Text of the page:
Chroot is not a container

Every Linux sysadmin is familar with the chroot command. It has been used for decades to install a “system within a system”. At first glance it looks similar to what containers do nowadays. But that is a common misconception and can be dangerous.

Whether it is testing a program with a different set of libraries, using binaries from a different distro or testing if a new version of a program has that bug fixed. Chroot environments have been very useful to sysadmins and they still are. In the past I made extensive use of that technique. When containers became popular I thought: “O well that is just like chroot with some more features added”. That misconception was strengthened by people around me who had the same belief.

Luckily we did not go out in the wild with our false beliefs. But it is still common among webhosters that chroot environments are used as user environments (also known as chroot jail). When it comes to those techniques we first have to understand what is going on under the hood. Otherwise things can go horribly wrong.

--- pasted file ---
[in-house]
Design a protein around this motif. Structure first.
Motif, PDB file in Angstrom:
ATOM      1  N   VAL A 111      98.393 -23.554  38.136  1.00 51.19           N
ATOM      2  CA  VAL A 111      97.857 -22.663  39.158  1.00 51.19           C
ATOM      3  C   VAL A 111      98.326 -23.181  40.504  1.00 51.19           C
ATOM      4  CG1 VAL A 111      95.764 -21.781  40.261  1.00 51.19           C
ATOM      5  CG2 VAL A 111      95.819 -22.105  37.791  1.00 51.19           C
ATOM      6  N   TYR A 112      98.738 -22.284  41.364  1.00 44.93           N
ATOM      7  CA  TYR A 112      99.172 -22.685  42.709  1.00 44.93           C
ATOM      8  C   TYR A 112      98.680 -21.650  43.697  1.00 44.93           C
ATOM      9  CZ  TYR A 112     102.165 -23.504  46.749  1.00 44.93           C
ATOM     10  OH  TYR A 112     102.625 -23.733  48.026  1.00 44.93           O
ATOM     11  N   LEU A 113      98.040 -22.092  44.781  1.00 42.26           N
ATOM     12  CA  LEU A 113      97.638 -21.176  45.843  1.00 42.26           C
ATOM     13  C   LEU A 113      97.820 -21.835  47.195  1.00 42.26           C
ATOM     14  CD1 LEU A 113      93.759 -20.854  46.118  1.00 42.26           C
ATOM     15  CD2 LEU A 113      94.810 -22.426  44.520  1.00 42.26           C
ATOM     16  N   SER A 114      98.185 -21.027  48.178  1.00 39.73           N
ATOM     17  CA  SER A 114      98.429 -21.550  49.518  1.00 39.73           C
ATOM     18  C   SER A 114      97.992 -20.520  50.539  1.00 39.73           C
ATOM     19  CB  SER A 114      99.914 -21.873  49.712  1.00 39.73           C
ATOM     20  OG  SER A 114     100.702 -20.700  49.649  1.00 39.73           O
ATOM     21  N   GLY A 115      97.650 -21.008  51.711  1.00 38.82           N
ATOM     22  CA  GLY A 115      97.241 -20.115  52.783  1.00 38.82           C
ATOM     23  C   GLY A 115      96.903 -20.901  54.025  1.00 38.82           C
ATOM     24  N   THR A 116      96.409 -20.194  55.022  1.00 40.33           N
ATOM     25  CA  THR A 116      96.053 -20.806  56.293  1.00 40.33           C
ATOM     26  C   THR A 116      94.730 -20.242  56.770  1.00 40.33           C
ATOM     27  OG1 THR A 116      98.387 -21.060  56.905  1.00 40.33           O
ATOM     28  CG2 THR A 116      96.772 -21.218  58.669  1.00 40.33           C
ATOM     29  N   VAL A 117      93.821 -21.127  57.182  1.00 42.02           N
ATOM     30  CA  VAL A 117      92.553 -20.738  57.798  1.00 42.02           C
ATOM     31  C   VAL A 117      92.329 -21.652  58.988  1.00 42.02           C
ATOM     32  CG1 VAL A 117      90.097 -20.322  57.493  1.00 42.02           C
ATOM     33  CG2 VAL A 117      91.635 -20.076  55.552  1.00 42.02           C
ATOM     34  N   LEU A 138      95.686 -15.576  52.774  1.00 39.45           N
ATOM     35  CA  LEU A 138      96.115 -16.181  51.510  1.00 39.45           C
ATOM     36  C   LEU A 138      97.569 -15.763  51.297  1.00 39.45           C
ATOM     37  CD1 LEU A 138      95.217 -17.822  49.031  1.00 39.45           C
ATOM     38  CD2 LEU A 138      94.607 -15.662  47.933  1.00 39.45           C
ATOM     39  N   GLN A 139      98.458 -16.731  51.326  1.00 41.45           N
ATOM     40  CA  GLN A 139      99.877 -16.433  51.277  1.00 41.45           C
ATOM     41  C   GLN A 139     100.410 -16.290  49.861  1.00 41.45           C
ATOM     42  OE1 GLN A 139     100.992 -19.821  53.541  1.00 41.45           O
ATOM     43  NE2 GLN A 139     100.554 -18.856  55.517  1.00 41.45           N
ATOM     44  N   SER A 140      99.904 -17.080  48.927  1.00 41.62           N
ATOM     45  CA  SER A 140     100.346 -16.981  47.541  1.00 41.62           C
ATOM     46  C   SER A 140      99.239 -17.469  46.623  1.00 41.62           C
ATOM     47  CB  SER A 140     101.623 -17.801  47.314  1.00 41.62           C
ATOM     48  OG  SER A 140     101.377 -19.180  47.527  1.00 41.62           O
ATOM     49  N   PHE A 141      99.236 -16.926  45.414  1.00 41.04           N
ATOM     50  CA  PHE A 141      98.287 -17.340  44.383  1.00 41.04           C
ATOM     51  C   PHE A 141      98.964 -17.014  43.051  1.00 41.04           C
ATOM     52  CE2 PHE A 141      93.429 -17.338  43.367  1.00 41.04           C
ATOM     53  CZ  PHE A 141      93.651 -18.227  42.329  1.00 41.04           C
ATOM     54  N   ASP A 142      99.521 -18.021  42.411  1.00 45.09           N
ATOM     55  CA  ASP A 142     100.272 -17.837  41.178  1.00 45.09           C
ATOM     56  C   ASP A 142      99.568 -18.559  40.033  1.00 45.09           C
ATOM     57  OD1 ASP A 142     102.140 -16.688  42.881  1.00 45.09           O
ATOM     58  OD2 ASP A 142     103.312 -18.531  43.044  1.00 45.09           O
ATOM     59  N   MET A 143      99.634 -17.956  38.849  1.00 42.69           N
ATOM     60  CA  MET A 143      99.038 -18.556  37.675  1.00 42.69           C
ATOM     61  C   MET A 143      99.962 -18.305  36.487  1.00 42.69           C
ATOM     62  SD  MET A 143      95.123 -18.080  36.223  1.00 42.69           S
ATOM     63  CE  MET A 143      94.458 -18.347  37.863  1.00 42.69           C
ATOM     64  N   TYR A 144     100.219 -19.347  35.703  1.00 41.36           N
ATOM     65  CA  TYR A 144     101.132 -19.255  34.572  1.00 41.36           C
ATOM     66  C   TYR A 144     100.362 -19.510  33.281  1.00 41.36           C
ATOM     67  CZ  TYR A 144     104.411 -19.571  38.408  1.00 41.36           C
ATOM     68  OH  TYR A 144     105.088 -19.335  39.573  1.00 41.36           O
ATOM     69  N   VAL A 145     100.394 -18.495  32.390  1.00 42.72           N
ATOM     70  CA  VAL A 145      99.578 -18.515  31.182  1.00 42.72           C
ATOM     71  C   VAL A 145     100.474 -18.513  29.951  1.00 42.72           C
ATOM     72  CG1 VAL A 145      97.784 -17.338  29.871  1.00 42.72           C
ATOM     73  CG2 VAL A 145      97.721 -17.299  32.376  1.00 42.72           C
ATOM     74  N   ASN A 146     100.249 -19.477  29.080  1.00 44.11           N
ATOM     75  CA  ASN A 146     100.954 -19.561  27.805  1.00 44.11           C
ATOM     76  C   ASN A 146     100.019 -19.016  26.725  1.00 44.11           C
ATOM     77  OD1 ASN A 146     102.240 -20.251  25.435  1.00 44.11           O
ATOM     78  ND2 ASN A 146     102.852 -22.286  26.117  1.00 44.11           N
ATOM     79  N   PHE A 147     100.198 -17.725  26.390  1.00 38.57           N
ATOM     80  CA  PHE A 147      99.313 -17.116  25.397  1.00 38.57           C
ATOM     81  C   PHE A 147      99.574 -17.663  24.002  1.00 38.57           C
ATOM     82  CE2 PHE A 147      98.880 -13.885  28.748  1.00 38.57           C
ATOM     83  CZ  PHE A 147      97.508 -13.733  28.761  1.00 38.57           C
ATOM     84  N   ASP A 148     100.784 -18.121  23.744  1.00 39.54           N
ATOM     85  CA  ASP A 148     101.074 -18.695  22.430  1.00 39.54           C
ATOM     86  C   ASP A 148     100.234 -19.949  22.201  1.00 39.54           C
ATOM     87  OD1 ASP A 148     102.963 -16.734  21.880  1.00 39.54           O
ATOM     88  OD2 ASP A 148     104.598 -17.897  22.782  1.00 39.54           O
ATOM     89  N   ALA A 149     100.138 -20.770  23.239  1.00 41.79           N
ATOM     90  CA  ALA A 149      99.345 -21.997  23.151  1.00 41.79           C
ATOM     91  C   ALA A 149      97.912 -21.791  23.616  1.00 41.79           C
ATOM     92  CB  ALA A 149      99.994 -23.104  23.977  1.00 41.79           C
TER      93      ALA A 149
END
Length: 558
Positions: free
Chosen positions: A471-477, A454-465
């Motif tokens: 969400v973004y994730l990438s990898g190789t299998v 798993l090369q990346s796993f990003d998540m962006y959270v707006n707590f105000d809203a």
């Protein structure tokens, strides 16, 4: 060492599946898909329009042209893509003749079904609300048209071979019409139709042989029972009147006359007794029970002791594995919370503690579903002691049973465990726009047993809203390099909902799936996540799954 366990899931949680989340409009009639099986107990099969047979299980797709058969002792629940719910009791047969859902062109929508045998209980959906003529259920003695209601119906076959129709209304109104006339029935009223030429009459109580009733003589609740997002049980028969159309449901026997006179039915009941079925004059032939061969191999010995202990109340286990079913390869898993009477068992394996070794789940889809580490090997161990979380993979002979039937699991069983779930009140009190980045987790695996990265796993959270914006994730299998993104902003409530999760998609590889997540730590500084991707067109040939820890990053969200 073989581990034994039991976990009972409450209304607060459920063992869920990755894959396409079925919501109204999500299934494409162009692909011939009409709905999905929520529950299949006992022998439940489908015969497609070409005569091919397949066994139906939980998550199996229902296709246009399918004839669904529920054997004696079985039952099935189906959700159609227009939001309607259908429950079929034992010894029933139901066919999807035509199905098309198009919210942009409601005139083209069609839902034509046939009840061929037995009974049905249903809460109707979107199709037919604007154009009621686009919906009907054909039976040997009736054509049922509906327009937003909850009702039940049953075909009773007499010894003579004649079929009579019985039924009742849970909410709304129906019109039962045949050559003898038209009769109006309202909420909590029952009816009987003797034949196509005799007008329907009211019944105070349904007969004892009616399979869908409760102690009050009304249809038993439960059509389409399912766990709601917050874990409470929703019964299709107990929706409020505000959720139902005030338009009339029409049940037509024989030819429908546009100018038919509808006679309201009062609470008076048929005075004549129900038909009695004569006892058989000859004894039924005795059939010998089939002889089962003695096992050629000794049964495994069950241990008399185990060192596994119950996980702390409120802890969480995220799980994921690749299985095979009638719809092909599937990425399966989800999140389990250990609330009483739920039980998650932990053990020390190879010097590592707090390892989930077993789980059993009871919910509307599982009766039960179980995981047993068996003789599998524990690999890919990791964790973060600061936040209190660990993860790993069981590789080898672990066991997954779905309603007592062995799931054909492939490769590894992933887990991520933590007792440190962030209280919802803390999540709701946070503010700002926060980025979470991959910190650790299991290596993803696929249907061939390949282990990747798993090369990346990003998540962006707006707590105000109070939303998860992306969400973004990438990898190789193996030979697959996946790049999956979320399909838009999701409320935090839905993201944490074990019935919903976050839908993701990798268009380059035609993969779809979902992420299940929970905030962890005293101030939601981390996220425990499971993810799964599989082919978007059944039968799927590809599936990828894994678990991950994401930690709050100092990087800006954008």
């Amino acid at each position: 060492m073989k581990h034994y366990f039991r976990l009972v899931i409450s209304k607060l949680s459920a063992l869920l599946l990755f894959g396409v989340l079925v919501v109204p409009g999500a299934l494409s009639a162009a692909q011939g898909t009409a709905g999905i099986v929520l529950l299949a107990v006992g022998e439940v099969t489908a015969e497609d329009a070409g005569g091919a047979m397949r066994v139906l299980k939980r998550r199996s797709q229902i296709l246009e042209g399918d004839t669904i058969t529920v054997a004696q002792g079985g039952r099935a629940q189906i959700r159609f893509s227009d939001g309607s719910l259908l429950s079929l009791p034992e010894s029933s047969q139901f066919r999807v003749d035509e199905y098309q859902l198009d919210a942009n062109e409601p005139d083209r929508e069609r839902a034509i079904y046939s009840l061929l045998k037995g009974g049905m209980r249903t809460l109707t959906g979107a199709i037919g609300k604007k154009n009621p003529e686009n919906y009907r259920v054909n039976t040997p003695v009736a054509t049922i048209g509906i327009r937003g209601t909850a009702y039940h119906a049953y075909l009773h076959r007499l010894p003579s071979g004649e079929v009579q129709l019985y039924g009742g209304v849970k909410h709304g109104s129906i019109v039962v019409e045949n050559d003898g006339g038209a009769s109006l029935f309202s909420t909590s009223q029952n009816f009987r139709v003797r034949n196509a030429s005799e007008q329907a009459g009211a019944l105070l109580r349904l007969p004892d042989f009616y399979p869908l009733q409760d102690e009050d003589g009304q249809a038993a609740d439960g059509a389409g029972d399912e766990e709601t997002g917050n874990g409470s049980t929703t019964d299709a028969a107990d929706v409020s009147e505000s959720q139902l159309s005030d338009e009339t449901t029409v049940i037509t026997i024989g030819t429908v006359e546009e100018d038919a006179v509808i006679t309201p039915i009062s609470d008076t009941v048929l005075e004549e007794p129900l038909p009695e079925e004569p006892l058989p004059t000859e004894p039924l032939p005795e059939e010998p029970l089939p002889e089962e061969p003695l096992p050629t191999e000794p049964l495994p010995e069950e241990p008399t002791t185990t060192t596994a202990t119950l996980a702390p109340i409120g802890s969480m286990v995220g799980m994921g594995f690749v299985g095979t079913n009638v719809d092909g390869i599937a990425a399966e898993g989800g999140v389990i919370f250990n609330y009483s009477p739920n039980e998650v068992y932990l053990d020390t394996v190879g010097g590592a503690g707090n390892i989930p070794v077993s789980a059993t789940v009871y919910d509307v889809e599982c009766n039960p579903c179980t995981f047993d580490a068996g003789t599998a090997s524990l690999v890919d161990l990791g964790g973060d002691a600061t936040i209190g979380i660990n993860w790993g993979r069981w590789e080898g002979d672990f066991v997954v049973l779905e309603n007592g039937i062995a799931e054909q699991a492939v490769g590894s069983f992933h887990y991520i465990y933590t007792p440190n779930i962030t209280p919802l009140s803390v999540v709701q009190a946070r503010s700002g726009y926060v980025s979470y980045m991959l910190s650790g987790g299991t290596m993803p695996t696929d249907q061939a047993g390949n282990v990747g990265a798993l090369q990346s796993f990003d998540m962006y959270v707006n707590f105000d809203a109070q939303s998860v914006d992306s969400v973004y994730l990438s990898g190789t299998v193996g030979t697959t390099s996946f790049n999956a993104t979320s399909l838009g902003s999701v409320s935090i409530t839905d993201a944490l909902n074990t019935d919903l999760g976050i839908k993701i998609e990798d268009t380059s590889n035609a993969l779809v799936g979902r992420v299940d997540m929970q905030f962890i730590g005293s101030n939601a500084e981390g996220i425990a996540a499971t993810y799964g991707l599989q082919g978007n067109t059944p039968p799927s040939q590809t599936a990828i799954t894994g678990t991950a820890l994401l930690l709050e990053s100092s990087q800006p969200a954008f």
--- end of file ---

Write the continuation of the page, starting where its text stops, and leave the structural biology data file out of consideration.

SSH has an option to “lock in” users in their own chroot environment. That feature is commonly used by webhosters to allow customers to log in to a shared hosting server and have them locked in to their “personal space”.

Chroot does what its name suggests: It changes the root path of a process. Nothing more. Let us check how that looks like to the Kernel:

chroot /root/chroot_env
echo $$

From “outside” the chroot we can see where our root path points to

 ls -dl /proc/11532/root
 lrwxrwxrwx 1 root root 0 Jun  5 11:08 /proc/11532/root -> /root/chroot_env

It may look safe and one might be tempted now to give a user root permissions inside his chroot “jail”. If he can not go beyond that path, what could go wrong then? Actually the Kernel does not know anything about chroot “environments”. Our security relies solely on the fact that we changed the root path. There is no guarantee that a user within the chroot jail can not change the root path to something else.

For instance if /proc is mounted he could do

nsenter --mount=/proc/self/ns/mnt

Now we have a root user on our system outside of his chroot jail.

A chroot is not a container. Not even a very simple one. Containers use Namespaces while chroot only changes the root directory of a process. A variety of webhosters got their servers hacked due to insecure “chroot jails”.

Security is never optional. It is a prerequisite. But in order to make our systems secure we have to understand what they are actually doing.

In further blog posts I am going to explain what namespaces and capabilities are and we dig a little deeper on this.